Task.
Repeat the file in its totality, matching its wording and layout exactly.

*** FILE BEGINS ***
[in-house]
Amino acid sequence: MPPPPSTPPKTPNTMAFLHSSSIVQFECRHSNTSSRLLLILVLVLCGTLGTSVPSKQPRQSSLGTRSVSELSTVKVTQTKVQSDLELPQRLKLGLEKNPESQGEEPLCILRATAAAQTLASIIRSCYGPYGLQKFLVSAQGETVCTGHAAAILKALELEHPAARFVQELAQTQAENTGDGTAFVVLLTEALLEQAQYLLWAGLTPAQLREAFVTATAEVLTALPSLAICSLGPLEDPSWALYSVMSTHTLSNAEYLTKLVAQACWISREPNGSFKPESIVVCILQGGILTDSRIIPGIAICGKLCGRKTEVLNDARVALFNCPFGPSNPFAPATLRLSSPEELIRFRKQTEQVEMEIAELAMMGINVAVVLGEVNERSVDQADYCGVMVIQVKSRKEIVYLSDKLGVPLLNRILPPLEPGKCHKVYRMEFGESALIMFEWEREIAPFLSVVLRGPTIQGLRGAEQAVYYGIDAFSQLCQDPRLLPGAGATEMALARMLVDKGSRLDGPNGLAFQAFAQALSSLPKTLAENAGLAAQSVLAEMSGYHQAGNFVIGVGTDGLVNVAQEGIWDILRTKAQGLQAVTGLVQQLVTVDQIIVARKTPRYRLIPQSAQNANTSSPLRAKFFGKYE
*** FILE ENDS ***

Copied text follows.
[in-house]
Amino acid sequence: MPPPPSTPPKTPNTMAFLHSSSIVQFECRHSNTSSRLLLILVLVLCGTLGTSVPSKQPRQSSLGTRSVSELSTVKVTQTKVQSDLELPQRLKLGLEKNPESQGEEPLCILRATAAAQTLASIIRSCYGPYGLQKFLVSAQGETVCTGHAAAILKALELEHPAARFVQELAQTQAENTGDGTAFVVLLTEALLEQAQYLLWAGLTPAQLREAFVTATAEVLTALPSLAICSLGPLEDPSWALYSVMSTHTLSNAEYLTKLVAQACWISREPNGSFKPESIVVCILQGGILTDSRIIPGIAICGKLCGRKTEVLNDARVALFNCPFGPSNPFAPATLRLSSPEELIRFRKQTEQVEMEIAELAMMGINVAVVLGEVNERSVDQADYCGVMVIQVKSRKEIVYLSDKLGVPLLNRILPPLEPGKCHKVYRMEFGESALIMFEWEREIAPFLSVVLRGPTIQGLRGAEQAVYYGIDAFSQLCQDPRLLPGAGATEMALARMLVDKGSRLDGPNGLAFQAFAQALSSLPKTLAENAGLAAQSVLAEMSGYHQAGNFVIGVGTDGLVNVAQEGIWDILRTKAQGLQAVTGLVQQLVTVDQIIVARKTPRYRLIPQSAQNANTSSPLRAKFFGKYE